The fatal shooting of Archduke Franz Ferdinand on 28 June 1914 is widely held to have triggered a chain reaction that dragged Russia, Germany and eventually France and Britain into war.
Note: This article is from the Guardian.
This article titled “Archduke Franz Ferdinand descendant: don’t blame us for first world war” was written by Cathrin Kahlweit in Vienna and Philip Oltermann in Berlin, for theguardian.com on Wednesday 15th January 2014 17.11 UTC
A descendant of the Archduke Franz Ferdinand, whose assassination in Sarajevo triggered the first world war, has said that his family should not be blamed for causing the war that led to 37 million people killed or wounded.
In an interview with a European group of newspapers including the Guardian, Karl Habsburg-Lothringen, the grandson of the last emperor of the Austro-Hungarian empire, Charles I, said: “If you were to simplify it, you could say that the shooting in Sarajevo started the first world war. But if there hadn’t been the shooting in Sarajevo, it would have kicked off three weeks later somewhere else.”
The fatal shooting of the Austrian archduke on 28 June 1914, by the 19-year-old Bosnian Serb Gavrilo Princip, is widely held to have triggered a chain reaction that dragged Russia, Germany and eventually France and Britain into war.
Habsburg-Lothringen said he believed there was no need for his family to show remorse for the tragedy of the first world war “because that would mean we had been guilty in the first place, and that we would have to redeem ourselves for something”.
“It would be wrong to point the finger at one state,” he said. “If you do that, you would have to take into account that there were already significant tensions, especially between Germany and Russia, who had already started to mobilise their troops along the borders.”
He said he sympathised with the thesis that there was a readiness for war among all the leading European nations. “Many were already in the starting blocks, waiting for the great conflict. If you had to blame someone, then the greatest blame would lie with nationalism itself,” he said.
Austria-Hungary, an empire of 50 million people, and tsarist Russia had for decades pursued a policy of confrontation over influence in eastern Europe, leading to the 1912 Balkan war that anticipated the larger conflict. But Habsburg-Lothringen said his grandfather, the last emperor, had only “inherited the war”.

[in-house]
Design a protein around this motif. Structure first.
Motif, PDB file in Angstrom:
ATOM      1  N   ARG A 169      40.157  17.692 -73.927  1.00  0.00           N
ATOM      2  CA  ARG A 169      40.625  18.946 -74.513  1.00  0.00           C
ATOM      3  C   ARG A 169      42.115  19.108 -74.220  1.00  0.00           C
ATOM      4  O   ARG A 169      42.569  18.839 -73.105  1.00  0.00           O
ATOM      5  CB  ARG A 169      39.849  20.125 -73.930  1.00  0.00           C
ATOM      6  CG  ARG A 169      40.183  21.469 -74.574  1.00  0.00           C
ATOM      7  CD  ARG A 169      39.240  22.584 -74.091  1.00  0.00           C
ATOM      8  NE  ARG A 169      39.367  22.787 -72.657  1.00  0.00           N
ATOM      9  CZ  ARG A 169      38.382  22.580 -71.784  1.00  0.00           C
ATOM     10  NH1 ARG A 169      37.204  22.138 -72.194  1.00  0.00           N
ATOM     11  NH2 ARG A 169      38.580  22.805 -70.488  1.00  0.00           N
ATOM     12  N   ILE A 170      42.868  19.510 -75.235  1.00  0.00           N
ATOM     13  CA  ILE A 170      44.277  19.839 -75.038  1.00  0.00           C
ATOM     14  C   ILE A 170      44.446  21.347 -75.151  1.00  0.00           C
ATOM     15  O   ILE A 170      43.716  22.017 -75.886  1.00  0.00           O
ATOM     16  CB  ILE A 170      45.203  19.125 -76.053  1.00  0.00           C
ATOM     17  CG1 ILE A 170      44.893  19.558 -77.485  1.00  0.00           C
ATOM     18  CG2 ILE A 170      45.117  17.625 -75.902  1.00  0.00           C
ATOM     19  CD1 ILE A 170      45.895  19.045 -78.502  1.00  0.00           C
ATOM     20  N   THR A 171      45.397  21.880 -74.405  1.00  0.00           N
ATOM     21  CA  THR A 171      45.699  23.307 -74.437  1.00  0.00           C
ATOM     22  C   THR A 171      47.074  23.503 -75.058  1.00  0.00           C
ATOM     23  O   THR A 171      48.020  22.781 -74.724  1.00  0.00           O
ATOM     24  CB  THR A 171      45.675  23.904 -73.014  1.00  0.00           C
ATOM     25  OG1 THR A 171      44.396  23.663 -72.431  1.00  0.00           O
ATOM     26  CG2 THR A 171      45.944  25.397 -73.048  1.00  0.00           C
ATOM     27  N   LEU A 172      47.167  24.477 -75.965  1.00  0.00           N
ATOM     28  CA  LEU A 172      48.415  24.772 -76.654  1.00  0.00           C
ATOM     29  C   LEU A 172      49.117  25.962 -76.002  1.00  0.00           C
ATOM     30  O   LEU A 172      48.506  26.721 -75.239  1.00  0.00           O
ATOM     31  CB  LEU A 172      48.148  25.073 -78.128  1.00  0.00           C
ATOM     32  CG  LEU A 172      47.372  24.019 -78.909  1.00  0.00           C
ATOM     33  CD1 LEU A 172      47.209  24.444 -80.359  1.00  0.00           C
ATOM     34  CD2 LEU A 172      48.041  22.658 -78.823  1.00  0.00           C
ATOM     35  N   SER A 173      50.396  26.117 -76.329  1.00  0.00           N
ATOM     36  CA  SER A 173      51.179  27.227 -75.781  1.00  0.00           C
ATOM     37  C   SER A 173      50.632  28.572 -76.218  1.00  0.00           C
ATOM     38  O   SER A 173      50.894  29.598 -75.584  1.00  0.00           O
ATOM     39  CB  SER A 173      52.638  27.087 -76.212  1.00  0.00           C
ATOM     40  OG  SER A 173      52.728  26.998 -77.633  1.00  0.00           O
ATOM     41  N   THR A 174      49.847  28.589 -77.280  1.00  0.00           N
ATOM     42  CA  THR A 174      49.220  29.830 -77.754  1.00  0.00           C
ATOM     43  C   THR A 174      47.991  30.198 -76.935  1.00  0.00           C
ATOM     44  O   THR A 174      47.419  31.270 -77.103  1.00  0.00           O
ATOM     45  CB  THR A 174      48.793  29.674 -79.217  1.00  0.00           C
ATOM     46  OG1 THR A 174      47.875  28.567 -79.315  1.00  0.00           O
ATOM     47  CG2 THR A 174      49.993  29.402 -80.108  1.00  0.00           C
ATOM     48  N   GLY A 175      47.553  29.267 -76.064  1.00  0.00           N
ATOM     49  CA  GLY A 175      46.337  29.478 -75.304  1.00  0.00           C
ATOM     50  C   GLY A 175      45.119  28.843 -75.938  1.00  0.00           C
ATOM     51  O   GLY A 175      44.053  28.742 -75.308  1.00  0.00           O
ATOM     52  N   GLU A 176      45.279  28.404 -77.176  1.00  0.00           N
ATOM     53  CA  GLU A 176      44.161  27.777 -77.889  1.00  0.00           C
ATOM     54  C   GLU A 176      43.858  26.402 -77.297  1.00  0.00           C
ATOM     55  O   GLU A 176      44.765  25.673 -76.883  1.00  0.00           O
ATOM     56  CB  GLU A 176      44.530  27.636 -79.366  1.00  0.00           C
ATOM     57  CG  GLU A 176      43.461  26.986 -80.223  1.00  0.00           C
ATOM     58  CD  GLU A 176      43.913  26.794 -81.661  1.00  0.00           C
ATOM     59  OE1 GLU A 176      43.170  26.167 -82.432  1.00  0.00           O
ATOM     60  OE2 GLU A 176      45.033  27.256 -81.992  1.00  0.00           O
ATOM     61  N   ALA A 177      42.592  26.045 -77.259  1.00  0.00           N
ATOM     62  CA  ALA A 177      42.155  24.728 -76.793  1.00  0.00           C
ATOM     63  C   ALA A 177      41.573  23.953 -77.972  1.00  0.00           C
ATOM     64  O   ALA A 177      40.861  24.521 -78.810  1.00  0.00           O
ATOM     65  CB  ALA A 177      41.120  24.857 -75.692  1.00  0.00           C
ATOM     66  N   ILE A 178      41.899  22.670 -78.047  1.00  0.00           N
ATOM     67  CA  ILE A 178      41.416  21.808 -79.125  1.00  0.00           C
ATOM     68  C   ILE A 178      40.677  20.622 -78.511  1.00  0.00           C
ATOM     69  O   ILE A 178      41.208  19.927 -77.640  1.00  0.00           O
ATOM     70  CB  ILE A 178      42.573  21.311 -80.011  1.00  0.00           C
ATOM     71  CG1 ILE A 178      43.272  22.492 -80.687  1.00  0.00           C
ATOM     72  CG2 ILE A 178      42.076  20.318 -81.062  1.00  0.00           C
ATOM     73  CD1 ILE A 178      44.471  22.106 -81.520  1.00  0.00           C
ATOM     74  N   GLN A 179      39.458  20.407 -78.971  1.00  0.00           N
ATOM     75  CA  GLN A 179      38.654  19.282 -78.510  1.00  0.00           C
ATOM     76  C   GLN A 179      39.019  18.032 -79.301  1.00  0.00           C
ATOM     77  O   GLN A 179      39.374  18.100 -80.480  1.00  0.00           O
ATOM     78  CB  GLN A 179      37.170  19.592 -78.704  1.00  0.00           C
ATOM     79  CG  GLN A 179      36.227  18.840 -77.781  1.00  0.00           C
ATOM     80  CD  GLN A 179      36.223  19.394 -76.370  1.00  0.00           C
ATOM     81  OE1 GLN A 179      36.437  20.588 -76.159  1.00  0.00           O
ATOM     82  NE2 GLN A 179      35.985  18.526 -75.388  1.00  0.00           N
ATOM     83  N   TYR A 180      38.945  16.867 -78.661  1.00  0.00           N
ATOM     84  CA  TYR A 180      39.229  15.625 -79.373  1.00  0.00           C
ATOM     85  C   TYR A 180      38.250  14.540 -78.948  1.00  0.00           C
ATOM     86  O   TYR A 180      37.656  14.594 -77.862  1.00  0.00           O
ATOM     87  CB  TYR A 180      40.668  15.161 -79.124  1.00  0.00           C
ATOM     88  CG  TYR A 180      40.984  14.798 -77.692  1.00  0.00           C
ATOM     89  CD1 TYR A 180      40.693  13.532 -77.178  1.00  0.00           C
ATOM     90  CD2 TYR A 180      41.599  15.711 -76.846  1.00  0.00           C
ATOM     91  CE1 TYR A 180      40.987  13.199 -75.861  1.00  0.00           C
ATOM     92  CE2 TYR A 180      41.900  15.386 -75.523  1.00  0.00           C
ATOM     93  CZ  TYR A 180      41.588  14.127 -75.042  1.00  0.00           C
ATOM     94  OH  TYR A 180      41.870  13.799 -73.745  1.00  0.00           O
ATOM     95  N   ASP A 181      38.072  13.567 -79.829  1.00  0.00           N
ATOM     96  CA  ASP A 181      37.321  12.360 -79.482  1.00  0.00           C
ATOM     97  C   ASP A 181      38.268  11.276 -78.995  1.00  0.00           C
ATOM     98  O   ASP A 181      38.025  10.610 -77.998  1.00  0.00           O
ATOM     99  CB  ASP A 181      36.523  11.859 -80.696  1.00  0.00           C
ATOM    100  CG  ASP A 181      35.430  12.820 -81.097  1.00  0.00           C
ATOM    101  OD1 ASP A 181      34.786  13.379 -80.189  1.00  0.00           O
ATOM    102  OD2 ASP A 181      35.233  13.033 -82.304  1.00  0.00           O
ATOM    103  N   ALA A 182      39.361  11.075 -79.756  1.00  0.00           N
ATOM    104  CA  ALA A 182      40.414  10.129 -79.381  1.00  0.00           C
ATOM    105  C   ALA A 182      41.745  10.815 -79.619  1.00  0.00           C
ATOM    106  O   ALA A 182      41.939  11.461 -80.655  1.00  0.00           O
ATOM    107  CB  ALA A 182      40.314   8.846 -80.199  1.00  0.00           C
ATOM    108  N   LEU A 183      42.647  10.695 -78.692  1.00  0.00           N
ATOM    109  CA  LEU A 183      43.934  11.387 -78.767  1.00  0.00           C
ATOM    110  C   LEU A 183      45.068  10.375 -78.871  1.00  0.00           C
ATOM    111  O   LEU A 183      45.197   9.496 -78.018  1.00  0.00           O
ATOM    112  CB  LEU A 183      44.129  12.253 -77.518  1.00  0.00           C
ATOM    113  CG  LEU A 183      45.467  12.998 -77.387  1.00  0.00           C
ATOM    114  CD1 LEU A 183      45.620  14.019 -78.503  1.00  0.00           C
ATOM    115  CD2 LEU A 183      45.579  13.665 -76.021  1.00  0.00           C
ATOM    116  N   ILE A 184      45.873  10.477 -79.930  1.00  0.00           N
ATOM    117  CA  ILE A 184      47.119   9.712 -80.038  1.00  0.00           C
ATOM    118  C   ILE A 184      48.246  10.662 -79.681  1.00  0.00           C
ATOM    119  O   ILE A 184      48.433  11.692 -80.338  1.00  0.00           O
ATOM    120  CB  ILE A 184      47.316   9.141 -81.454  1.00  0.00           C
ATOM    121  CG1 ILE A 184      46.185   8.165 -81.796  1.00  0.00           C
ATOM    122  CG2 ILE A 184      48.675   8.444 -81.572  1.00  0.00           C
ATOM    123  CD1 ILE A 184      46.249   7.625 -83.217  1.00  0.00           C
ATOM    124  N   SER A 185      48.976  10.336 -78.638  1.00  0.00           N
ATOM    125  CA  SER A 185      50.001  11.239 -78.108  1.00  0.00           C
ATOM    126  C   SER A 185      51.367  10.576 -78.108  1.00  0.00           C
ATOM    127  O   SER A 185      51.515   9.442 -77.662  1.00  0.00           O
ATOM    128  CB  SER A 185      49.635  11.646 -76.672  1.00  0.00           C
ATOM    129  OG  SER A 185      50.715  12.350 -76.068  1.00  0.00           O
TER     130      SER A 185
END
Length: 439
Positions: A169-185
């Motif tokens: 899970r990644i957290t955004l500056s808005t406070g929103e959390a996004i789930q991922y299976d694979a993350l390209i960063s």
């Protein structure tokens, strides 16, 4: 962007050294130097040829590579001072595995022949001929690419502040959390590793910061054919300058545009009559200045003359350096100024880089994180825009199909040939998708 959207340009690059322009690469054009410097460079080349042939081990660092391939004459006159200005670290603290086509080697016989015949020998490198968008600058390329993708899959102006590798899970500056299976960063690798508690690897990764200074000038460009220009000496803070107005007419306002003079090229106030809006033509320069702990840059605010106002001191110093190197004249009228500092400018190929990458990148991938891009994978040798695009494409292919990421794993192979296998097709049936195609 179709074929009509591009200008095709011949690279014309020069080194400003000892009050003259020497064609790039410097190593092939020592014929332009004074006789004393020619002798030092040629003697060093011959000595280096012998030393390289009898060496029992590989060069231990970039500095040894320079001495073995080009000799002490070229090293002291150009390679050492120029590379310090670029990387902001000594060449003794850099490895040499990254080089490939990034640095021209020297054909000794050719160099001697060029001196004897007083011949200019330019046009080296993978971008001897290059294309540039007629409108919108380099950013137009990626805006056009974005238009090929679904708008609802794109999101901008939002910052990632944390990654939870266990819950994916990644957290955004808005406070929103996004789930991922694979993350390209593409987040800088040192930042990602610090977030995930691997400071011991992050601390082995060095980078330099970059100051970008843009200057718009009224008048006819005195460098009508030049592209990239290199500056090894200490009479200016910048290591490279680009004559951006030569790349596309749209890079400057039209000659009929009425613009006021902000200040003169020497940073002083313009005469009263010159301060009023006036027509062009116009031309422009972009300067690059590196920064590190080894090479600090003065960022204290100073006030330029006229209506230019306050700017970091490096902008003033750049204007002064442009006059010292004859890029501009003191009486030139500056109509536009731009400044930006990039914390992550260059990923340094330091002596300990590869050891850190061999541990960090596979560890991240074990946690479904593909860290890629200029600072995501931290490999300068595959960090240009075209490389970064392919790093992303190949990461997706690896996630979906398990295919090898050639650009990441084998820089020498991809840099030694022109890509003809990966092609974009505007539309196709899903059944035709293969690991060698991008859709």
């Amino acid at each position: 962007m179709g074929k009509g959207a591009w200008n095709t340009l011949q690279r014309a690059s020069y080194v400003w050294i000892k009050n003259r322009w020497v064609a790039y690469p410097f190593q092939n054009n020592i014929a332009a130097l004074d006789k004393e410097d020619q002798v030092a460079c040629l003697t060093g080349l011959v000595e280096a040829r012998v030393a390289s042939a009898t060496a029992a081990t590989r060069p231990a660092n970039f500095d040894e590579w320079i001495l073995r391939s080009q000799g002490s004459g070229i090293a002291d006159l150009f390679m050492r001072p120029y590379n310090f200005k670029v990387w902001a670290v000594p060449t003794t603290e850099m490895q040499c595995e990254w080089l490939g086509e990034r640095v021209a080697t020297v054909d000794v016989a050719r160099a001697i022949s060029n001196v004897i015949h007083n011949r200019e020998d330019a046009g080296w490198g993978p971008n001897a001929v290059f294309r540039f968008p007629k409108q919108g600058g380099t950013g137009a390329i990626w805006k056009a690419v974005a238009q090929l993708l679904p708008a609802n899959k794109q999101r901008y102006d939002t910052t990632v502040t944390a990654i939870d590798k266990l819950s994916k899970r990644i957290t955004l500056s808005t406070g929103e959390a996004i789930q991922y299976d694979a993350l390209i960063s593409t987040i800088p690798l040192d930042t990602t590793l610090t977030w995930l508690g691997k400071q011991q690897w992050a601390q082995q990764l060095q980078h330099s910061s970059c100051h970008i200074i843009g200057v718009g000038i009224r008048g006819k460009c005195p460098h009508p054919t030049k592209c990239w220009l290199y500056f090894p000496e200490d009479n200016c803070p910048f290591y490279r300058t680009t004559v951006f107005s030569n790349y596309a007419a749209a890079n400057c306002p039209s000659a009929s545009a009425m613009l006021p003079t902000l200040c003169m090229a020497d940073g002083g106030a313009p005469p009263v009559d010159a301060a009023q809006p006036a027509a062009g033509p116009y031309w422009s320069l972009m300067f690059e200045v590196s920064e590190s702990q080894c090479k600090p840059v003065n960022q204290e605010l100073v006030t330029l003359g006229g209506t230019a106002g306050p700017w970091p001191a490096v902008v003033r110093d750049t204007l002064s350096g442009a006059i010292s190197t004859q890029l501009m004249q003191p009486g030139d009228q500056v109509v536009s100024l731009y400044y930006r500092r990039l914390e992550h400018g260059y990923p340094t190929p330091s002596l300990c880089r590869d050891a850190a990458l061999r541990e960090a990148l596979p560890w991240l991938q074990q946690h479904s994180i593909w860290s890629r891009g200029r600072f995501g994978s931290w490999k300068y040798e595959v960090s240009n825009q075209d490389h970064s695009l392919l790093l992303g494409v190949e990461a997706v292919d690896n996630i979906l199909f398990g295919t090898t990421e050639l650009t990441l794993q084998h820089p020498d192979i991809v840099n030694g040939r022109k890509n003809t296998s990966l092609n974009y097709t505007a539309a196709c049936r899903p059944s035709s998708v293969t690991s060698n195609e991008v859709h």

“He had nothing to do with it. In addition, he had made several attempts to pacify the situation, which he was criticised for at the time, and he used family contacts to lead peace talks.”
Charles I “clearly saw that a basic problem was the situation of the Slavic people within the Habsburg empire”.
“Maybe he also realised that the Serbs saw him as their main enemy,” Habsburg-Lothringen said, “because he wanted to balance out, but essentially minimise, the dominating influence of the Serbs among the Slavic people.”
Princip wanted Bosnia to become part of Serbia; Austria issued Serbia with a series of demands which would force them to investigate the killing and crack down on anti-Austrian propaganda, demands that were mostly accepted by Serbia; a month later Austria declared war on Serbia. When Russia mobilised in support of its ally Serbia, Germany declared war on Russia, and then France, and invaded Belgium. When Germany did not withdraw from Belgium, Britain declared war on Germany on 4 August.
Some historians argue the Habsburg empire’s multi-ethnic central European policy had become outdated and was doomed for failure. But Habsburg-Lothringen argued that the vision pursued by his father, Otto von Habsburg, the last crown prince of Austria-Hungary, was more relevant than ever.
“I am happy that Europe has developed in the way in which he had envisioned. The EU was the continuation of the old idea of a super-national empire by other means. That’s what Otto von Habsburg saw in Europe and what he wanted. The circumstances have changed, that’s right, but we are working on the idea of a super-national legal structure and a subsidiarity principle.”
Karl Habsburg-Lothringen, president of the Association of National Committees of the Blue Shield, dedicated to the protection of cultural goods in war zones, said: “I have been in Africa a lot and seen how they see Europe. The Africans think that Europe looks to the future, they admire the idea of a European court. The idea of the nation state belongs to the past century.”
After the end of the first world war, members of the Habsburg family were forbidden by law from running for the Austrian presidency. In 2011, Ulrich Habsburg-Lothringen successfully challenged the ban in court. Karl Habsburg-Lothringen supported his cousin’s action: “The Habsburg law is absurd, there’s nothing else to be said about it.
“All our rights were taken away from us, we were dispossessed and sent into exile. Our assets were put into a fund and should have been returned to us after that fund was dissolved. But that never happened.
“For example, I grew up with the grotesque situation that I as a child had an Austrian passport, issued in Munich, in which it said that I could to travel to every country in the world apart from Austria. That rule was only changed at the end of the 60s.”
He said the severity with which the Austrian authorities had discriminated against his family was not representative of the mood among the people.
Asked if there was a Volkszorn, a popular anger against the Habsburg family in Austria, he said: “On the contrary, there was always a lot of sympathy for the Kaiser – also because it was recognised how much he engaged himself for peace, for the care of the starving.
“Most of the members of my family regard this war not just as part of a country’s history but as part of our family history.”
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